Browse over 9,000 car reviews

Sorry, there are no cars that match your search

You are here

Used Mercedes-Benz SLK 200 review: 1997-2000

Looking for a used Mercedes-Benz?

Buy with confidence; all Mercedes-Benz Certified Pre-Owned vehicles come with a factory backed warranty, 100 point safety check, comprehensive service history and 24hr roadside assistance.

When we think of sports cars, we tend to think of small, light two-seaters high on performance but with few creature comforts.  The image is very British, which can be explained by the dominance of British sports cars in the 1950s and 1960s.  But many other brands, including Porsche and Mercedes-Benz, took a different path. Mercedes in particular was building sports cars on a much grander scale.

The British were achieving new levels of performance by using small, mildly tuned engines in lightweight chassis, but the Germans were using bigger, more powerful engines.

When a new wave of sports cars arrived in the late '90s, Mazda mostly followed the British tradition with the MX5, but Mercedes took its traditional path with the SLK. It was more sophisticated, with lots of creature comforts to make the experience more enjoyable for those not hooked on old-time sports cars.

Model watch

AT $98,500 the SLK slotted into the middle of the market. It wasn't cheap, but it wasn't the most expensive on the market either.  Typically Mercedes, the SLK was packed with the latest technology. It had a clever steel roof that folded into the boot when you wanted to soak up the sun, but provided all the security and comfort of a coupe when raised.

The only downside was that it slashed the available boot space once it was lowered. It was best to travel light if you were touring in an SLK.  Chunky was the best word to describe the SLK with its wedge shape and large flanks, but it was attractive whichever way you looked at it.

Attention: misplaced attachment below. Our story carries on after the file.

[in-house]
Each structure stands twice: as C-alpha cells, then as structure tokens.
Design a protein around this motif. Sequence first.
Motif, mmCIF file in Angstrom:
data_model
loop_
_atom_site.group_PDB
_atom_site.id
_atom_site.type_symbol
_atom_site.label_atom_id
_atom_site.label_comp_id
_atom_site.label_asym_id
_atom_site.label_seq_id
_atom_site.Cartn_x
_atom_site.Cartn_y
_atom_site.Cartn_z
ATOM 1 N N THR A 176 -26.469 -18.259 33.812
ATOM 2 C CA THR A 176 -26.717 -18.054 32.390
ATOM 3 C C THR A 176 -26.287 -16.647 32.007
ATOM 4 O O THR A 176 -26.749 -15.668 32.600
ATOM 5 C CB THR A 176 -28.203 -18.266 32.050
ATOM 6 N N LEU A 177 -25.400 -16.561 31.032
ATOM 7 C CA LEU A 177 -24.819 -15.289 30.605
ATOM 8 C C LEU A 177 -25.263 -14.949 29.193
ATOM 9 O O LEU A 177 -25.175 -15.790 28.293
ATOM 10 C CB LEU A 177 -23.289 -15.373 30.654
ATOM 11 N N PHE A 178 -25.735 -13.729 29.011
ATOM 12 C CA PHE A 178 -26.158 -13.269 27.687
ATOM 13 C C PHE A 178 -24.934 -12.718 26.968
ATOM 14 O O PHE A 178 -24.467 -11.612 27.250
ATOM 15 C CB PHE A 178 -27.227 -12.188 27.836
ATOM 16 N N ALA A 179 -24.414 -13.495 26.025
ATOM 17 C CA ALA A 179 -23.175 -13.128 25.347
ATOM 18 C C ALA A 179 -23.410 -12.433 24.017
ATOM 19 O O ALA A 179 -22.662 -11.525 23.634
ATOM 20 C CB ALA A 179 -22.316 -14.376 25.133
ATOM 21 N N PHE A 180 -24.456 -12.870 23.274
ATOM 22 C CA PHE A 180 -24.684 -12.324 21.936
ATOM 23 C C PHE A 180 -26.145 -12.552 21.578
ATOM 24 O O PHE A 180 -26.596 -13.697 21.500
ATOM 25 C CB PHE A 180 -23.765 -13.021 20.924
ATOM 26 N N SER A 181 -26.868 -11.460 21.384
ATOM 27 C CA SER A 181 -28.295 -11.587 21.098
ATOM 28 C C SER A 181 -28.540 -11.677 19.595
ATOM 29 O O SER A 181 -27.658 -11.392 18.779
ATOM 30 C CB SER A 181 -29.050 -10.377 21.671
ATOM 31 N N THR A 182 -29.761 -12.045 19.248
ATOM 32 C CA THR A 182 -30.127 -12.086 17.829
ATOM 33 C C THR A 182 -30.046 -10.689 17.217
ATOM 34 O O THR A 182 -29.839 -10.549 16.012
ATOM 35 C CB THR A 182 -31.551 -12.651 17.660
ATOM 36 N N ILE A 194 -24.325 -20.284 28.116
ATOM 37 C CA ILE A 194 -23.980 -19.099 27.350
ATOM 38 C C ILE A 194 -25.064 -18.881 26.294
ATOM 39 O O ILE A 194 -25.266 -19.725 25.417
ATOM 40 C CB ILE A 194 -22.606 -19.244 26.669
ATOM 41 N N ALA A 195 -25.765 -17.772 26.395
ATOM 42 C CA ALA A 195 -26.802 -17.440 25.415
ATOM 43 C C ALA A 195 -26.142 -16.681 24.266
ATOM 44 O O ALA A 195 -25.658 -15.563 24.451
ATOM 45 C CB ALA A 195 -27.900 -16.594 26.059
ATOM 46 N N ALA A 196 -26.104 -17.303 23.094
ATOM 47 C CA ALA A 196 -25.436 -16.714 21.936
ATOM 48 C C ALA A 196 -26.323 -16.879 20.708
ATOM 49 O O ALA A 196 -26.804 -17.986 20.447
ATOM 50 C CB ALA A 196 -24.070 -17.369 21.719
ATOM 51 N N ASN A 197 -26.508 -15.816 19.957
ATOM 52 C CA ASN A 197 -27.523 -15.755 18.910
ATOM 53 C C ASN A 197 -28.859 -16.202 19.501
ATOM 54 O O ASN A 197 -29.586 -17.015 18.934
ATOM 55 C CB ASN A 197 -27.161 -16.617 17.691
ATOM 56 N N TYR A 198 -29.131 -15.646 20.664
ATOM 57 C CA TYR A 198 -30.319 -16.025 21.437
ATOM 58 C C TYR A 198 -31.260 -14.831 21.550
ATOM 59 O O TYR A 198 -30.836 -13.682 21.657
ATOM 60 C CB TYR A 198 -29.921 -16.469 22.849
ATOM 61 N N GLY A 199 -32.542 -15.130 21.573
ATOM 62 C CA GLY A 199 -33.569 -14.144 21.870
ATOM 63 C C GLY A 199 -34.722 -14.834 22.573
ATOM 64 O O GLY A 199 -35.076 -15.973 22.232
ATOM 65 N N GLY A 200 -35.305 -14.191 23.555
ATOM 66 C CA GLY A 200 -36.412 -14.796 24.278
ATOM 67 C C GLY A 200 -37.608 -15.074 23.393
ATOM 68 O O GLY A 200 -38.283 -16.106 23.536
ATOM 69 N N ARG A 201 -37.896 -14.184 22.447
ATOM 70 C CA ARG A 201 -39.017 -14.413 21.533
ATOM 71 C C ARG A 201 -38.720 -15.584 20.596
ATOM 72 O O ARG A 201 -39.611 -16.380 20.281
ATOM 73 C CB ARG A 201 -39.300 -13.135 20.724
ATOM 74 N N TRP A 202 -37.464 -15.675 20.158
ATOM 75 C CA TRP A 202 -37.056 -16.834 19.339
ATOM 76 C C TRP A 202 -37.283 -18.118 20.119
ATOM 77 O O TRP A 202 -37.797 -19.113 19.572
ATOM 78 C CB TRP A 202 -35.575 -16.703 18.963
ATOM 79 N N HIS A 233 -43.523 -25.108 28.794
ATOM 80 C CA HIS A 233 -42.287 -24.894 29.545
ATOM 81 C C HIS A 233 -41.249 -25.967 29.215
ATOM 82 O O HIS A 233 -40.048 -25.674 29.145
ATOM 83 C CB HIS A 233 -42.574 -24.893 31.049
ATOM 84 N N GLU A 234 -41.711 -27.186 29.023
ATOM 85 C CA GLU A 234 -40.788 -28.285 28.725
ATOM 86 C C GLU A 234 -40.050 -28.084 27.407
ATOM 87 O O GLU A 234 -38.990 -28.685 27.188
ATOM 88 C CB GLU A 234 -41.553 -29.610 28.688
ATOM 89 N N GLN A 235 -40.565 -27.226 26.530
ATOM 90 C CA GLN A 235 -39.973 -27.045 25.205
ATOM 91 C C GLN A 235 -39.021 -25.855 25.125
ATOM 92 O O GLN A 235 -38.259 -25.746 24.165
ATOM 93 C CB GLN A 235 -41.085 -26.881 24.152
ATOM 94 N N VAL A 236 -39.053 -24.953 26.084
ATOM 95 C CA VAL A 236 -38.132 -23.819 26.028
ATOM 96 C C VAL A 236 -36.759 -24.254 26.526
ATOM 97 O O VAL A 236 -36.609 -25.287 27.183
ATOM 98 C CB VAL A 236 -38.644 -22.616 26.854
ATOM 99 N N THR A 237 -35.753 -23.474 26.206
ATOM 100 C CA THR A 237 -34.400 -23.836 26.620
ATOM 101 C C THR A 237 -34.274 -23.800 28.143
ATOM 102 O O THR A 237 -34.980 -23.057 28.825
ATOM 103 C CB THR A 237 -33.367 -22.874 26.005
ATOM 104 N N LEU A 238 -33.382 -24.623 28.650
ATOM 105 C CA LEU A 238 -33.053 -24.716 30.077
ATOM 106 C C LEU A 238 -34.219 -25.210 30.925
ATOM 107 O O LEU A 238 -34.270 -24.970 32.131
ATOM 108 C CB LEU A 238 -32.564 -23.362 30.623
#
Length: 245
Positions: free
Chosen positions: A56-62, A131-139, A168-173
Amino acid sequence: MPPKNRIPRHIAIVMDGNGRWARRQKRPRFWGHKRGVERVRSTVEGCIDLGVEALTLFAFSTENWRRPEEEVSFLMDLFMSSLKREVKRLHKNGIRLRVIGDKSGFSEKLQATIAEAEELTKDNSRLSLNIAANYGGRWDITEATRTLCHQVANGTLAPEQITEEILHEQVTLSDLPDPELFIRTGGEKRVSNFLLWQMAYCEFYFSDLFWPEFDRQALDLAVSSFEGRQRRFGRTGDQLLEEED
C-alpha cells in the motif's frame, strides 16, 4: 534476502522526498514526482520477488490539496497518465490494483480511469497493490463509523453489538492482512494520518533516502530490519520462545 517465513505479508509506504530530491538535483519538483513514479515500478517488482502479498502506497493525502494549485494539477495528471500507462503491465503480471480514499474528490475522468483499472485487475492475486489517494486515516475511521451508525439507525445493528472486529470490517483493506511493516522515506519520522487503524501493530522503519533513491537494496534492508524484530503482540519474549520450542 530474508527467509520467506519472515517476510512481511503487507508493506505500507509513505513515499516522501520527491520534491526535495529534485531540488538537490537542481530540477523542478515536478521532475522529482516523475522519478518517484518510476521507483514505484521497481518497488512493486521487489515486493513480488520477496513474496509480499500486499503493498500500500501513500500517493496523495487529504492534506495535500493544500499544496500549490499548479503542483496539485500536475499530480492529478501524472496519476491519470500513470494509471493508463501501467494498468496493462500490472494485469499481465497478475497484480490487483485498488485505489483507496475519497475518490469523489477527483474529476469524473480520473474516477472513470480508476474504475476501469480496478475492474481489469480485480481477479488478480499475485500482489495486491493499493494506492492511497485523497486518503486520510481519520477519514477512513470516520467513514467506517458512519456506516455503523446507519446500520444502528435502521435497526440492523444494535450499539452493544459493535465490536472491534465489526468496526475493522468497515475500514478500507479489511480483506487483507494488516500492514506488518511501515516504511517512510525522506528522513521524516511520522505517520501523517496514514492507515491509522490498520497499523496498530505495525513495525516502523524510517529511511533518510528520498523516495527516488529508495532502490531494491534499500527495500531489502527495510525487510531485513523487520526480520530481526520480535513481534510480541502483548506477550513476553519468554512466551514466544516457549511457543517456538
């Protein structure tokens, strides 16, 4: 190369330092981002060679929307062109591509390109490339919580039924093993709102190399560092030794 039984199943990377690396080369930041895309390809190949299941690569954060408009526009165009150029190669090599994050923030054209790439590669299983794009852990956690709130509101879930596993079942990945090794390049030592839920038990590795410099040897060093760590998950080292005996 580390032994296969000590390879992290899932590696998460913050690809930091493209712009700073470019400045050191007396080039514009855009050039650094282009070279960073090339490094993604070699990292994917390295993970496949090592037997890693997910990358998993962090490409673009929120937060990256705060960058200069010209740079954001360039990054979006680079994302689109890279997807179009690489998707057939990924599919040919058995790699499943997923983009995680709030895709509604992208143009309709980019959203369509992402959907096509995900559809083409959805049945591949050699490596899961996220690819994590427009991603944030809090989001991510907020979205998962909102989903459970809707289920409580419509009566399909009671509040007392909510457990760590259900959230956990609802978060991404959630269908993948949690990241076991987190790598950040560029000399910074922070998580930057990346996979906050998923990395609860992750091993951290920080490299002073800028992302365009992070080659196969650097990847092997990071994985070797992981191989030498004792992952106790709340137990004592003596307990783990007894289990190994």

Inside it was a little cramped, but it was stylish. The seats were typically Benz, flat and broad, which meant most people would fit in them, but they didn't provide the best of support in the sports-car tradition.  The trim was a dashing blend of bright colours, leather of course, and there was a touch of nostalgia with the classical instruments and retro alloy touches on the centre console.

At first there was just one engine, a supercharged 2.3-litre double overhead camshaft four-cylinder unit that pumped out 142kW at 5300 revs and 280Nm at 2500 revs.  When stirred into action, the SLK230 was capable of accelerating from rest to 100 km/h in 7.6 seconds.

As with the engine, there was no choice when it came to transmissions – it was a five-speed auto. True, it could be shifted manually when you wanted to up the fun stakes, but it wasn't in the class of the Porsche Tiptronic, and a long way short of a real manual box.

Underneath was independent suspension front and rear, four-wheel discs with ABS, traction control and power steering.  Inside there was standard airconditioning, power windows, power roof, remote central locking, immobiliser and dual airbags.